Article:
Scientists Say: Variable

A variable is something that can be changed

a teen girl holds a piece of chalk up to a chalkboard that has an equation containing "5xy" written on it

A variable is something that can be changed — such as the value represented by a letter a math equation, or a factor in an experiment.

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Variable (adjective, noun, “VAIR-ee-uh-bull”)

The word “variable” can be an adjective or a noun. As an adjective, it means able to vary, or change. As a noun, the word refers to something that can be changed. That thing may be a quantity that can take on different values. Or, it may be a factor in an experiment that someone changes.

In math, a variable is a symbol that stands in for an unknown value. It is usually a letter, such as x or y. A variable’s value changes depending on the context. Solving the equation x + 1 = 3, for instance, finds that x = 2. In the equation x + 2 = 5, meanwhile, x = 3. And in the equation x + 1 = y, plugging in different values for x results in different values for y.

Science experiments also involve variables. In an experiment, a person can change one thing and see how that may impact another thing. The factor that a person changes is the independent variable. The thing that may change in response to that is the dependent variable. But a dependent variable may be affected by other things, too. So, a scientist tries to keep those external factors — or controlled variables — constant. That way, they won’t impact the experiment’s outcome.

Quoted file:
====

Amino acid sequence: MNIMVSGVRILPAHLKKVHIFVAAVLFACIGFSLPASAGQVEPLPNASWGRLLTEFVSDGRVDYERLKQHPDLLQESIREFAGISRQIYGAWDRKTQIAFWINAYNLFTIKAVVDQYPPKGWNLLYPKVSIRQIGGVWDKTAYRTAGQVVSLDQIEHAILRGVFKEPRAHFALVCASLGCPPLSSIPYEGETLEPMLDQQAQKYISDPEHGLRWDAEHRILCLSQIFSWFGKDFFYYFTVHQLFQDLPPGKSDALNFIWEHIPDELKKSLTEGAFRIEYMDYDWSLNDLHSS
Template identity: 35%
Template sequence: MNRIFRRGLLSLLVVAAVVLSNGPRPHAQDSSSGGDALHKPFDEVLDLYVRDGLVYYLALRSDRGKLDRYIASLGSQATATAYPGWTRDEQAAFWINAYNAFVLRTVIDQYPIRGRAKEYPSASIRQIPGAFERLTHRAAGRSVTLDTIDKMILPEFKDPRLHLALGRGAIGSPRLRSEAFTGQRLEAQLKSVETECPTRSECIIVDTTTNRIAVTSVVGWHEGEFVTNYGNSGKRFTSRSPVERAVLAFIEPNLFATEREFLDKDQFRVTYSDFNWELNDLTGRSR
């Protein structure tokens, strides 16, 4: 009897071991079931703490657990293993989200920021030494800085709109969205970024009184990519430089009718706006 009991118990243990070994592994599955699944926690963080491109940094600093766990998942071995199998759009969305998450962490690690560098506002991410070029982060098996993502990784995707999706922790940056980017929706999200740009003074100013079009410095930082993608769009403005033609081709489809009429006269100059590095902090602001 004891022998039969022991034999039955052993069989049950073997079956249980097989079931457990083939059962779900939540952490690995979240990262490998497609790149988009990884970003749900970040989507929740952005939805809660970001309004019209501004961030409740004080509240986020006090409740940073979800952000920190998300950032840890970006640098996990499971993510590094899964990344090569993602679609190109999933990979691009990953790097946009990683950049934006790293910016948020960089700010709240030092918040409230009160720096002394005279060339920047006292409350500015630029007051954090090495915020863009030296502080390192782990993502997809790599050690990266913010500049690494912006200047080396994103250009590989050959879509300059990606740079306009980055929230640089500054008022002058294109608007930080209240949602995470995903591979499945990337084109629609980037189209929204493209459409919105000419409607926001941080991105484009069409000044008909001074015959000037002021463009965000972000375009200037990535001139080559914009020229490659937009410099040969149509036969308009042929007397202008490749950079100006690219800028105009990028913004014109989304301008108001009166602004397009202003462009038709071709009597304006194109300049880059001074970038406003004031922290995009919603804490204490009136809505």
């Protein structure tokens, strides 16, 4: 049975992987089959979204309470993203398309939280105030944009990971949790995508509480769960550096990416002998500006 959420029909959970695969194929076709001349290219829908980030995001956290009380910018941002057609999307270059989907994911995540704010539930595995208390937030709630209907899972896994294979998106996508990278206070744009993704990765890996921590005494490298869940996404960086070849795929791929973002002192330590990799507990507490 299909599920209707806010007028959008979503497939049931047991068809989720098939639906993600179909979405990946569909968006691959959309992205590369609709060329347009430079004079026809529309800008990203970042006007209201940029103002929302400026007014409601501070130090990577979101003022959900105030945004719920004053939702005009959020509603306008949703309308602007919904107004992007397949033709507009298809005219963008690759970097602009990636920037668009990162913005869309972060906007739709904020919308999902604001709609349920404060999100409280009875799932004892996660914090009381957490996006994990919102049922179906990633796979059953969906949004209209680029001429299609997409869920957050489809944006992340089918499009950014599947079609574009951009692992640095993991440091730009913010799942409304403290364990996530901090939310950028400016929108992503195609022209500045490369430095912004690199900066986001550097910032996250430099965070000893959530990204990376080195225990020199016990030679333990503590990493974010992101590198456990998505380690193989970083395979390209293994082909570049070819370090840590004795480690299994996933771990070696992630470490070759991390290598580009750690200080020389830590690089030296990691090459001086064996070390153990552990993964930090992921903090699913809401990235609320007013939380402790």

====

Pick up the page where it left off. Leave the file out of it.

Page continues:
In a sentence

In a study of the five-second rule, the independent variable is how long food lies on the floor.

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Maria Temming is the Assistant Managing Editor at Science News Explores. She has bachelor's degrees in physics and English, and a master's in science writing.

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